When the $17.6-million Irvine Barclay Theatre is unveiled on Sunday, Sept. 30, the public may be surprised to discover what it houses. Pleasantly surprised.
The huge, fortress-like building that has sprung up over the past 18 months on the edge of the UC Irvine campus guards a 756-seat theater with the seductive ambience of a beautiful jewel box.
The interior walls, which embody a community dream nearly two decades old, are painted deep rose and evoke a pleasurable warmth. Though sleekly modern, they suggest with their many vertical moldings a stripped-down rococo elegance whose feminine intimacy could never be guessed from the building's cool, masculine exterior of concrete and glass.
But perhaps best of all, no seat in the house--whether in the orchestra or the balcony--is more than 60 feet from the stage. The expression "nosebleed seats," which so aptly describes the stratospheric third tier at the Orange County Performing Arts Center, will never be heard here.
Standing the other day in Cheng Hall, as the Irvine Barclay auditorium was dubbed recently to honor a benefactor, Douglas Rankin surveyed the rows of amethyst-colored velvet seats with a certain pride. He couldn't help noting that the theater's unveiling will come exactly four years to the day that he took the job of shepherding the building into existence.
His pride is understandable. When Rankin arrived from the Midwest, where for a decade he had headed the century-old Woodstock Opera House 55 miles outside of Chicago, construction was still a long way off. Final architectural plans had yet to be drawn. Engineering contracts had yet to be put out for bid. Eleventh-hour political skirmishes had yet to be won.
Moreover, large sums of money still needed to be raised in addition to the larger sums already invested by the venture's three partners--the city of Irvine, which appropriated a total of $11.3 million; UC Irvine, which provided $1.8 million as well as the 2.3-acre site; and the nonprofit Irvine Barclay Theatre Operating Co., which has solicited $4.8 million from corporate and individual contributors.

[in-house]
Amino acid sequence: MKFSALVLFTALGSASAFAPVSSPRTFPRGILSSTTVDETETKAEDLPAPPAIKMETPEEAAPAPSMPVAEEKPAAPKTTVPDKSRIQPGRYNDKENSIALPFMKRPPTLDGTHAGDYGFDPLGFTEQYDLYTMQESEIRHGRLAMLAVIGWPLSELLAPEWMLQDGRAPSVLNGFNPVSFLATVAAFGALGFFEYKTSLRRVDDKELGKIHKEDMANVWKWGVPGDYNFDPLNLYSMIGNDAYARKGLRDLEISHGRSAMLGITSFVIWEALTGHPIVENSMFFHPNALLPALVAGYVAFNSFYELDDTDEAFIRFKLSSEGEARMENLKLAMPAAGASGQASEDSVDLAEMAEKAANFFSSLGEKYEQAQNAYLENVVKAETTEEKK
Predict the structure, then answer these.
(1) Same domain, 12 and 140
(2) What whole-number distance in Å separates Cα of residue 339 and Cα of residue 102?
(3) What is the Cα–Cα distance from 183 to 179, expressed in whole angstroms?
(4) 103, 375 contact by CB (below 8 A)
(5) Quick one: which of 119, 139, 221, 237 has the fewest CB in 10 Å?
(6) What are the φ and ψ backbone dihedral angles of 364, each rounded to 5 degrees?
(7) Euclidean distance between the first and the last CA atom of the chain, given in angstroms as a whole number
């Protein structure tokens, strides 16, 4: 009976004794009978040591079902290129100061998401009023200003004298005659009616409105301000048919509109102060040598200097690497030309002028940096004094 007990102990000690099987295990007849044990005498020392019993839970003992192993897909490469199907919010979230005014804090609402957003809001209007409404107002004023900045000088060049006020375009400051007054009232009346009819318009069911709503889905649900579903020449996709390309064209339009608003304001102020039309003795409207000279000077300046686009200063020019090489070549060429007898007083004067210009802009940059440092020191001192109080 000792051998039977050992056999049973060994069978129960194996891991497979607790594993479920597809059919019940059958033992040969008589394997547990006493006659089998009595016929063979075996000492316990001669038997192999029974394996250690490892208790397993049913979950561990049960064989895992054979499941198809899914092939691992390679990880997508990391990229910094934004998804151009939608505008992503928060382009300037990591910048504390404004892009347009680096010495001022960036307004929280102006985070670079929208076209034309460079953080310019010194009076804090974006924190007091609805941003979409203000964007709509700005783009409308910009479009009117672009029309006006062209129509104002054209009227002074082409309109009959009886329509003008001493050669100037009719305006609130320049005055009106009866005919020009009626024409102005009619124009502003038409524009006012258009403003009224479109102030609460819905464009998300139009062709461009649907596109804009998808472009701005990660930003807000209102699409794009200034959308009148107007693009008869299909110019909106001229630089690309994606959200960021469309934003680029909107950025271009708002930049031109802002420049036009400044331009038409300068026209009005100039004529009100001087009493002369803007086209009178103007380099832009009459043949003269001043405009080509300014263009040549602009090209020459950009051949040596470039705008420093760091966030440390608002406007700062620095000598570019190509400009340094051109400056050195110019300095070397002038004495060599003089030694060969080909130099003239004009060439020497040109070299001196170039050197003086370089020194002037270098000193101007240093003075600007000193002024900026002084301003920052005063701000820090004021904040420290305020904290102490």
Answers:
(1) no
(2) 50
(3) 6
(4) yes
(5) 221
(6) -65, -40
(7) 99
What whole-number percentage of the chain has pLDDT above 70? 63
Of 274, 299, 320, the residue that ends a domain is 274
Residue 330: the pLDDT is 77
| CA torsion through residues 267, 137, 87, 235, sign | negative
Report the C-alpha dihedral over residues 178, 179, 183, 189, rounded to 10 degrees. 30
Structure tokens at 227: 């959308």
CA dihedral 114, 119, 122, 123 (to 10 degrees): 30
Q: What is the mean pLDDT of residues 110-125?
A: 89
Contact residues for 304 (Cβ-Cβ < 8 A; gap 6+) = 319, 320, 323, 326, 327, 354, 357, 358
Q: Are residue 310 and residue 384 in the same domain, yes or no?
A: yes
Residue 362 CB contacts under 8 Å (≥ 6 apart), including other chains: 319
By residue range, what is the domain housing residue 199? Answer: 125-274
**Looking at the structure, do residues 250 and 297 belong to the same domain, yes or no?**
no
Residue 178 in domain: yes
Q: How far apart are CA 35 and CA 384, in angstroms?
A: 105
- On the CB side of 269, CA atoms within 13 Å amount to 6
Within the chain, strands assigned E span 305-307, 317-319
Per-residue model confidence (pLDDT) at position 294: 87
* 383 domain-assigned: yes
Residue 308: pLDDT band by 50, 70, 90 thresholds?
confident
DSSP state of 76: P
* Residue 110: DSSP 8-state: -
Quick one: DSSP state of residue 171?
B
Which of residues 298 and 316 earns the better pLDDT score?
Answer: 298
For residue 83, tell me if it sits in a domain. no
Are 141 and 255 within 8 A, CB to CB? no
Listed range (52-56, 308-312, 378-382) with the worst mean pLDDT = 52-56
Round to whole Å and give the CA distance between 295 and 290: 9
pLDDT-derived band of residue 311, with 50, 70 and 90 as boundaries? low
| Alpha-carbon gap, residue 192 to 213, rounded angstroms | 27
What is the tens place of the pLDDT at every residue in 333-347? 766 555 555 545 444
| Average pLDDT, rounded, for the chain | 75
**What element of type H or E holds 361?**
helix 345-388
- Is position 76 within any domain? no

But all of that is history, especially now that the facility is about to open "on time and on budget"--a record "for almost every new theater we've ever heard of," said Rankin, 41, who is the Irvine Barclay's president and chief operating officer.
If there were any surprises, it was that there were so few of them. "You always expect the unexpected with a construction project as complex as this one," he noted. "But once we worked around the foundation, it was business as usual."
In fact, the little-known story of how that foundation was laid illustrates both the determination to erect the building on schedule and the ability to improvise. Basically a mammoth slab of concrete as much as 12 feet thick in places, it anchors the 55,000-square-foot building to a rocky underground ledge. Nothing short of an apocalypse could budge that slab, Rankin said, but it wasn't in the original plans.
What happened was that bulldozers preparing the site for construction unexpectedly ran into the ledge, which was not supposed to be there, forcing the engineers to rethink their blueprints in a hurry. They could blast away the ledge with dynamite--a risky, time-consuming option--and sink concrete pylons as planned, or they could change strategy and pour a slab as deep and wide as the hole they'd been able to dig.
So they poured. And poured. And poured. Until Rankin began to wonder whether all other construction in the county had been halted because of the seemingly endless procession of concrete-mixing trucks that had been called to the site from miles around. He also found himself wondering how to pay for the added concrete, a major unanticipated expense of about $500,000.
"The exact amount is still being negotiated," Rankin said. To help compensate for that cost, the builders (Los Angeles-based Swinterton & Walberg) achieved savings in other aspects of construction. In the meantime, Rankin added, he more or less had to empty a contingency fund that he had hoped to hold in reserve for start-up expenses.
The irony in all of this is that Rankin's real job--the one that will decide the cultural fate of the theater--has just begun. Although he is the ultimate arbiter of the programming, Rankin must run the theater according to an agreement that allocates a third of the performance schedule to UCI offerings, a third to local organizations' performances and a third to the operating company's own presentations.
Just how Rankin executes that mandate will determine whether the Irvine Barclay Theatre will become a model institution fulfilling artistic goals at all levels of participation or whether it will become a glorified community arts center that might just as well have been built at a fraction of the cost.